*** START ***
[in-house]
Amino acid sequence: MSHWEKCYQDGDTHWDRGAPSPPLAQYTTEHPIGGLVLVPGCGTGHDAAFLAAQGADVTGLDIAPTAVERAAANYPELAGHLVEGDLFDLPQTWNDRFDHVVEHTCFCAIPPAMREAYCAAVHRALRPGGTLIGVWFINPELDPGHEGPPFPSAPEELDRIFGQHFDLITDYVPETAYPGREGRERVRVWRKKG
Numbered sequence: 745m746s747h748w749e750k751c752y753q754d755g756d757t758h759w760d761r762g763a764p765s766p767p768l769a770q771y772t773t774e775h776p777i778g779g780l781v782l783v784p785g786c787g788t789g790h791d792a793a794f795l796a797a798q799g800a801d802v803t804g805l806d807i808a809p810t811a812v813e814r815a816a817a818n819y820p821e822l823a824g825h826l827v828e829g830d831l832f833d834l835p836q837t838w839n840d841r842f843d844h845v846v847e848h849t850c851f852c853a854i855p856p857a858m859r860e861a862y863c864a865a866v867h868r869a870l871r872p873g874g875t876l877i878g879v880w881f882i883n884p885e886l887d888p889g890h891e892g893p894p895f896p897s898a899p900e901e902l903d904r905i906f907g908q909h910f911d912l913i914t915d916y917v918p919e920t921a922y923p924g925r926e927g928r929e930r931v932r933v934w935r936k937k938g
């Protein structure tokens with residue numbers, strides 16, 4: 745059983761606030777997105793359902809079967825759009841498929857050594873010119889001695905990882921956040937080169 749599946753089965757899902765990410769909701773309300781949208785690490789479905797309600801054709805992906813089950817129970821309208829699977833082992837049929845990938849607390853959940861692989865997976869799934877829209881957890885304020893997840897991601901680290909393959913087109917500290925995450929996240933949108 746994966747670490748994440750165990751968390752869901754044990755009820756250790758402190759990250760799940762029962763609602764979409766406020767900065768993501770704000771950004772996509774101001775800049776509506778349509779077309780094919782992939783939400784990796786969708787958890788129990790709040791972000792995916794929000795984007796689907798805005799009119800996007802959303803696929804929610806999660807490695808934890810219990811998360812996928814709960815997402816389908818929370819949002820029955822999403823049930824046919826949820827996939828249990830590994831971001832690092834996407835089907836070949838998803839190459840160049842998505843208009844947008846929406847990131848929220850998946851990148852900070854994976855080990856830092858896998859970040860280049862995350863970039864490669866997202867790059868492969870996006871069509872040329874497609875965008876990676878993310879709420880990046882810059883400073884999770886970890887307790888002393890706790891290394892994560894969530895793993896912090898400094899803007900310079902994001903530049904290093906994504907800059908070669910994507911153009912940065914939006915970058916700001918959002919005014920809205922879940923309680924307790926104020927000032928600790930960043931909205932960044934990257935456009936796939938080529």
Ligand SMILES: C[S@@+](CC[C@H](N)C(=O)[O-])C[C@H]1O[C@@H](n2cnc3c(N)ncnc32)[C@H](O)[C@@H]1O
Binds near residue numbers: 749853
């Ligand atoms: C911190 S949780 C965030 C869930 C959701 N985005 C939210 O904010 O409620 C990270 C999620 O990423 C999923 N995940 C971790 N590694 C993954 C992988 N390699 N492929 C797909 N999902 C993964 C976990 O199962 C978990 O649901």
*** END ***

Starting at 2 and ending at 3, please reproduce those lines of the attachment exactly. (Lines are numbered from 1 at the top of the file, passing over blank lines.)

Amino acid sequence: MSHWEKCYQDGDTHWDRGAPSPPLAQYTTEHPIGGLVLVPGCGTGHDAAFLAAQGADVTGLDIAPTAVERAAANYPELAGHLVEGDLFDLPQTWNDRFDHVVEHTCFCAIPPAMREAYCAAVHRALRPGGTLIGVWFINPELDPGHEGPPFPSAPEELDRIFGQHFDLITDYVPETAYPGREGRERVRVWRKKG
Numbered sequence: 745m746s747h748w749e750k751c752y753q754d755g756d757t758h759w760d761r762g763a764p765s766p767p768l769a770q771y772t773t774e775h776p777i778g779g780l781v782l783v784p785g786c787g788t789g790h791d792a793a794f795l796a797a798q799g800a801d802v803t804g805l806d807i808a809p810t811a812v813e814r815a816a817a818n819y820p821e822l823a824g825h826l827v828e829g830d831l832f833d834l835p836q837t838w839n840d841r842f843d844h845v846v847e848h849t850c851f852c853a854i855p856p857a858m859r860e861a862y863c864a865a866v867h868r869a870l871r872p873g874g875t876l877i878g879v880w881f882i883n884p885e886l887d888p889g890h891e892g893p894p895f896p897s898a899p900e901e902l903d904r905i906f907g908q909h910f911d912l913i914t915d916y917v918p919e920t921a922y923p924g925r926e927g928r929e930r931v932r933v934w935r936k937k938g